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Ravages of Time: Isles de las Munecas

By Willy Thorn | Posted 2/8/2006

Ravages of Time: Isles de las Munecas

Through Feb. 9 at Baltimore Gallery

Linnie Greene loves dolls. She still collects them, even uses them in art. She photographs them, records reminiscences and memories about them, and makes doll-themed cigar-box accordion folding collages.

So when she visited Mexico City’s floating gardens of Xochimilco, she was spellbound. What she came back with became the exhibit Ravages of Time: Isles de las Munecas, now showing at Baltimore Gallery.

Nonprofit Baltimore Gallery prides itself on an open-door policy; for local youth, “more like a museum than one of those art places you can’t go,” curator Susan Gould says. And when the local school kids saw the show, they said it “should’ve ran at Halloween . . . it reminded them of Chucky [from the Child’s Play movies]. It’s powerful for the same reason Chucky is scary.”

Greene’s Ravages of Time takes visitors to Xochimilco, where a reclusive hermit named Don Julian Santana lived. He never married and never had children. His neighbors were magpies, wild ducks, herons, and pelicans. He lived in a mud and grass hut, drank pulque, and collected abandoned dolls—rescued from canals, the trash, wherever—to protect him from evil spirits, improve harvests, and provide company. After Don Julian turned up dead, floating face down in a canal, his island remained untouched, occupied only by his four skinny dogs and, of course, the dolls.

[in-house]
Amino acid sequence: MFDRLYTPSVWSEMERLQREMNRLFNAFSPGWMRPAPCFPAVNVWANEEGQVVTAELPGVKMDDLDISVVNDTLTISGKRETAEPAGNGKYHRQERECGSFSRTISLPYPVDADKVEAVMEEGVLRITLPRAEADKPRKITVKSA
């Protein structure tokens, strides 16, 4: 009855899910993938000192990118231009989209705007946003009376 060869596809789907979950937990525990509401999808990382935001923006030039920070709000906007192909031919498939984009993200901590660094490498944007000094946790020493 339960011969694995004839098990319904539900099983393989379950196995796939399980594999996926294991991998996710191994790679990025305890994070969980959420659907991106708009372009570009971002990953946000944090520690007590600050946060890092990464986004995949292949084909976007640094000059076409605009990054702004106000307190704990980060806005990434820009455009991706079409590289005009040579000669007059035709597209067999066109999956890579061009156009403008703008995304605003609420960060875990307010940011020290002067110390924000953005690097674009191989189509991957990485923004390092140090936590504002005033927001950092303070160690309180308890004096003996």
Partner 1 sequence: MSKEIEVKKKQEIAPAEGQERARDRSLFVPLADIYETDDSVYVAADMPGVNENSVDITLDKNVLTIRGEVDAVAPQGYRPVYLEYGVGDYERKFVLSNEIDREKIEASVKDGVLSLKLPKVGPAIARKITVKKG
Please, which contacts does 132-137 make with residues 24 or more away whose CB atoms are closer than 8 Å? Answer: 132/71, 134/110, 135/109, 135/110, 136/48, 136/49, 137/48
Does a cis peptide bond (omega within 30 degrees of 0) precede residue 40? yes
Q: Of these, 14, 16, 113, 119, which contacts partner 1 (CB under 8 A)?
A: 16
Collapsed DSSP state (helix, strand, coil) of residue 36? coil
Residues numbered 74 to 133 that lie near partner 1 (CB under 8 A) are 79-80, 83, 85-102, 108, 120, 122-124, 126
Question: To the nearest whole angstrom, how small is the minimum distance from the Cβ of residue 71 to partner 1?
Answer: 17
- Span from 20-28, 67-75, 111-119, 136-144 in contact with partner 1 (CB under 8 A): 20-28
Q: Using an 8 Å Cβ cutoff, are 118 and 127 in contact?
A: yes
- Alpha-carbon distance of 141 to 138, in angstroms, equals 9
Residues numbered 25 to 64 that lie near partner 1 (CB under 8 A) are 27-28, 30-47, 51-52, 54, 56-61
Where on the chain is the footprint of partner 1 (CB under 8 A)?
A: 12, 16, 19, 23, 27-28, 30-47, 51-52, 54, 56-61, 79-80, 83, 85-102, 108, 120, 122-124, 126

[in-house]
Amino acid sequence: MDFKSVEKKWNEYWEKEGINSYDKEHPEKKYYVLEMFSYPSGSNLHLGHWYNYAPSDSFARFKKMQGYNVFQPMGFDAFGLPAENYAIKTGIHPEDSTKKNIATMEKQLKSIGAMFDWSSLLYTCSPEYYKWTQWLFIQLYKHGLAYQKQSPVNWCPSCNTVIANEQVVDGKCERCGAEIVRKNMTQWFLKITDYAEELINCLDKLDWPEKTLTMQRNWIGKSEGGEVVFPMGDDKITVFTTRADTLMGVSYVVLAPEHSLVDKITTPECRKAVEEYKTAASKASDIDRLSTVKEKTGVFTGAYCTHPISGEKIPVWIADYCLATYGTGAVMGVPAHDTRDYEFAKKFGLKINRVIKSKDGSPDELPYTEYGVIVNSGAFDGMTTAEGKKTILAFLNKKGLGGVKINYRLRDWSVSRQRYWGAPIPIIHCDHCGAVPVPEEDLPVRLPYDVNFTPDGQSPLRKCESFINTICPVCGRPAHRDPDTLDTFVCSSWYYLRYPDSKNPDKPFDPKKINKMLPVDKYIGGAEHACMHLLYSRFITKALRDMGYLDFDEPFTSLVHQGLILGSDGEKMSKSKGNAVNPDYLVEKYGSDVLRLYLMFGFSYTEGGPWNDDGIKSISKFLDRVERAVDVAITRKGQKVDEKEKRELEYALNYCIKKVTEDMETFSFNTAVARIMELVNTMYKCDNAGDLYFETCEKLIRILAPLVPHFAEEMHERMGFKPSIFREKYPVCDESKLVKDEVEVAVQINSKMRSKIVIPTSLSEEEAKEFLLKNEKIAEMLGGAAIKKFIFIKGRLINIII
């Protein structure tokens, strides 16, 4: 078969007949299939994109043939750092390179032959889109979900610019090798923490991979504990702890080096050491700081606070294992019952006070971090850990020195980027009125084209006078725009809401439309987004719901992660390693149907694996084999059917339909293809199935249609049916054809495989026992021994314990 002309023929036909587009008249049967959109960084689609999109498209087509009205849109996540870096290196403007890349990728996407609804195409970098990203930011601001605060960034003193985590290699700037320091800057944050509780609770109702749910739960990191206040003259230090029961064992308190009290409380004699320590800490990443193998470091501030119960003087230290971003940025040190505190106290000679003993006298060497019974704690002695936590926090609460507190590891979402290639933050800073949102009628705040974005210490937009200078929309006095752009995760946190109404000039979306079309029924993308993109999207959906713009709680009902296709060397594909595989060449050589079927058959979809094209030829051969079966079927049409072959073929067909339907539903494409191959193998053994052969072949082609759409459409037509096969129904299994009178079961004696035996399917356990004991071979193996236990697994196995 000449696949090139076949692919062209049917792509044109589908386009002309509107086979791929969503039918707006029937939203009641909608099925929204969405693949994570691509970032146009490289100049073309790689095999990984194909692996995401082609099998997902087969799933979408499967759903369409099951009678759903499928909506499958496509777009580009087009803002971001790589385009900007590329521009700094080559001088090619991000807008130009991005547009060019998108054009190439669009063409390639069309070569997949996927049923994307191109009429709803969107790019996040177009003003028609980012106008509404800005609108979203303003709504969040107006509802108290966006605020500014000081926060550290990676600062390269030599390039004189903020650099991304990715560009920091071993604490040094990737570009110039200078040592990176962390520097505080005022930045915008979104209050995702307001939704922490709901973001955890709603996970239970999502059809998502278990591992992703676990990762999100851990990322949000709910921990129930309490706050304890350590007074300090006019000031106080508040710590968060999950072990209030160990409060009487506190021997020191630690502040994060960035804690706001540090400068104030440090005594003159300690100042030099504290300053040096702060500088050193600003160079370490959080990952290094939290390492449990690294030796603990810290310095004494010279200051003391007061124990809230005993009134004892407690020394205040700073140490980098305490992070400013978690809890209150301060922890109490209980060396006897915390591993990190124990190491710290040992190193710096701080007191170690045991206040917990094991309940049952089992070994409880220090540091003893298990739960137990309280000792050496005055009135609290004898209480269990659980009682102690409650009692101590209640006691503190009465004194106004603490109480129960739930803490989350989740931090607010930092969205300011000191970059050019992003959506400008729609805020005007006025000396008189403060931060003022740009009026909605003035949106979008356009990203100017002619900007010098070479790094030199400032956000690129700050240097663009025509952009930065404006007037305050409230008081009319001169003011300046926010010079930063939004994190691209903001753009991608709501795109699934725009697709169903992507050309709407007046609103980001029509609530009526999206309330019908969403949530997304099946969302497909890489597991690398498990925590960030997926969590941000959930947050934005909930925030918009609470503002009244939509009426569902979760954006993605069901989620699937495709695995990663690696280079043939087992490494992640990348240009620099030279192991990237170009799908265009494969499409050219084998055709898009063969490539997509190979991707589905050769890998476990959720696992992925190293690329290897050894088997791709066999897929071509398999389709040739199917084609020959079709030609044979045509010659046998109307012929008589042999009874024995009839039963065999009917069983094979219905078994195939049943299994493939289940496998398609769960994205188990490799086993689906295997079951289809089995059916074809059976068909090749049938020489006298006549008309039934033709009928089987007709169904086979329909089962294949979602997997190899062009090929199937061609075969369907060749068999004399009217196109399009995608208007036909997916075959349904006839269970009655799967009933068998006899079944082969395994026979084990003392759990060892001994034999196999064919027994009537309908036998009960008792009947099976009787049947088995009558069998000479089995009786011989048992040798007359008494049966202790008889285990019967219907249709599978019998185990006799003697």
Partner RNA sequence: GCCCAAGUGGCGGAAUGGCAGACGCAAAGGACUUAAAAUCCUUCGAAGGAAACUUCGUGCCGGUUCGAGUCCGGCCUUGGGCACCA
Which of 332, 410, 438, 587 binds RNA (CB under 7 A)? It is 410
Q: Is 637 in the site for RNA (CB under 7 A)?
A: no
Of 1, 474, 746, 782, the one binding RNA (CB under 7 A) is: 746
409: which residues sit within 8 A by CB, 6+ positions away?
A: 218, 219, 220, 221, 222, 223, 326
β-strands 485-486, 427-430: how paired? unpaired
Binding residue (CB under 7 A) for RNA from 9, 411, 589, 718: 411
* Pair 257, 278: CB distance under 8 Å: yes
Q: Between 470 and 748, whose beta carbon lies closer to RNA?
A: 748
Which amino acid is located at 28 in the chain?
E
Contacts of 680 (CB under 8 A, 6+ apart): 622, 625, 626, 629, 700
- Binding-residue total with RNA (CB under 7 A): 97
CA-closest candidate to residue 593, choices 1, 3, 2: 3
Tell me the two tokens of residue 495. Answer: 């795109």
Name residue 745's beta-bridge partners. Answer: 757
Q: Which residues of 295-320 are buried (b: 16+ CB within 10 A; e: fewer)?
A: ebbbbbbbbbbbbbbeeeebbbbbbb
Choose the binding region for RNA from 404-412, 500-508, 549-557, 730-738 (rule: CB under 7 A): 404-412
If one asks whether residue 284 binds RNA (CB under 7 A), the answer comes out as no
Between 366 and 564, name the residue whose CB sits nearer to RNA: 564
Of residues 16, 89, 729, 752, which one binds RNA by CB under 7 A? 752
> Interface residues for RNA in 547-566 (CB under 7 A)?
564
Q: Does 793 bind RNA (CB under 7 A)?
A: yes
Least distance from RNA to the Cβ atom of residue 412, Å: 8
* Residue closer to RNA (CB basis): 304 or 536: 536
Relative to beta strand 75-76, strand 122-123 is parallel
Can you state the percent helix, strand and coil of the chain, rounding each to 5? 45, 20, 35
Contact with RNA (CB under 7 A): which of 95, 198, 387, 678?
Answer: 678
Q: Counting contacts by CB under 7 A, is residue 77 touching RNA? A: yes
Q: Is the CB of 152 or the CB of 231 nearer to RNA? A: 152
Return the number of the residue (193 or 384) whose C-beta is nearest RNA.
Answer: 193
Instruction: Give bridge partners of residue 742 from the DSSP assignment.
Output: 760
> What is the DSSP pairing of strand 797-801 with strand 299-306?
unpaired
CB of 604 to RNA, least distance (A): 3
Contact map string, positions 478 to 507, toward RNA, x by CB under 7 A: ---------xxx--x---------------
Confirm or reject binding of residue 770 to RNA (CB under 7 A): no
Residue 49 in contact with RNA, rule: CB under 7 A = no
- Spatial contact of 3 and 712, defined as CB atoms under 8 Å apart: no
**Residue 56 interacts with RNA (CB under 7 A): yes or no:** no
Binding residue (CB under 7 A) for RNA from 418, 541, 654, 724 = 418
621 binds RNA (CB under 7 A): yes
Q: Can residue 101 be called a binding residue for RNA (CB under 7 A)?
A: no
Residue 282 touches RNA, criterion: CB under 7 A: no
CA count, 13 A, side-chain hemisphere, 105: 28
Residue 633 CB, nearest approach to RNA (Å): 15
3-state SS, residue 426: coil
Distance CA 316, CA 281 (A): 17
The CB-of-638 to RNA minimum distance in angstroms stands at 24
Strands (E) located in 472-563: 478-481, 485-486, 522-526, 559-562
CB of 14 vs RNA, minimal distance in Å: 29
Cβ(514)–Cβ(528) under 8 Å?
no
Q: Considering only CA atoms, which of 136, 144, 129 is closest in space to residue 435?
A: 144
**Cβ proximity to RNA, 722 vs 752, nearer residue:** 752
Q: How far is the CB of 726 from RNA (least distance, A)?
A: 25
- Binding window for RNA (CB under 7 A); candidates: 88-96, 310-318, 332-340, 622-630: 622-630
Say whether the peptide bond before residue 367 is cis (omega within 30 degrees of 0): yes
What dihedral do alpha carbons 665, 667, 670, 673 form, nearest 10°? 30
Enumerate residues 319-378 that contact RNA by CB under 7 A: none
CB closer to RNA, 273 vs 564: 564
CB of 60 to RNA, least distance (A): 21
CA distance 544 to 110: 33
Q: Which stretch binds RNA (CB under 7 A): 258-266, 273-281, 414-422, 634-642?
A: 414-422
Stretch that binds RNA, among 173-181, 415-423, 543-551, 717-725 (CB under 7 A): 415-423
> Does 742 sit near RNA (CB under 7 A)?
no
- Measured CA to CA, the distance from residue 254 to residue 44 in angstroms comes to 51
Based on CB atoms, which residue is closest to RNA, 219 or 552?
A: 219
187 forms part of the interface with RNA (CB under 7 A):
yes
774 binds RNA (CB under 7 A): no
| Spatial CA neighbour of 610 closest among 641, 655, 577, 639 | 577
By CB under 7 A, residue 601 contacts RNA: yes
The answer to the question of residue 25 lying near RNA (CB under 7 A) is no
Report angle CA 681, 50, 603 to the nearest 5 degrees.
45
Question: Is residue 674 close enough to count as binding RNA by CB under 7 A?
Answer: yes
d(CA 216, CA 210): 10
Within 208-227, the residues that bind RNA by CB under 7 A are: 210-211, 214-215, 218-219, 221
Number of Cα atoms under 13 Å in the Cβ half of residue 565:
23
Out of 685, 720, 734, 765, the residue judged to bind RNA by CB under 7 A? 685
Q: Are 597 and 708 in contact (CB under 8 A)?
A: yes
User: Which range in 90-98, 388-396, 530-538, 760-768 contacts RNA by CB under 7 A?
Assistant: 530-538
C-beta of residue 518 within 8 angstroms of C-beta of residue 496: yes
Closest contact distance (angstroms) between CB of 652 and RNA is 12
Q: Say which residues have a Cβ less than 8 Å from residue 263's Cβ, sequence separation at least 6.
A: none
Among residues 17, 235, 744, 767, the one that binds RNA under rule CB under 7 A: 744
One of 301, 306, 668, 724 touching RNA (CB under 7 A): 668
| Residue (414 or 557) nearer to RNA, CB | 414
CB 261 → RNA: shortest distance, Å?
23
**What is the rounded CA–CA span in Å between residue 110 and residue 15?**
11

Greene is a former corporate monkey smart enough to abandon it all who currently lives in Federal Hill. She has a studio at the Broom Factory and has been featured at Baltimore Gallery before. Her first show—mostly altered photos with architectural remnant frames—included but one photo of a doll.

Ravages of Time is a series of black-and-white photographs painted with oils and pastels post-development. A series of closeups showcases the dolls’ hollow eyes; smudged, spattered, and stained weathered texture; chipped, cracked, and tattered forms; and matted, clinging, and debris-tangled stringy hair.

One series captures Don Julian’s display methods: dolls hang from rafters and posts and in trees, with wires, coat hangers, chains, rope, and clotheslines securing them in place—and a doll head on a stake.

Greene can be too effective: In capturing the decaying, decrepit, and occasionally gruesome, her skillful touch can get lost or overlooked. In the end, she captures what she set out to—and does it well. Still, the show might disturb any who spent childhood cradling and cuddling dolls.

“When we age, we mature,” Gould says. “These dolls retain innocence even as they corrode. They remind us of youth and death at the same time. Baby dolls are children for children.

“You want to take care of them,” she says, looking over at one photo. “Or not.”

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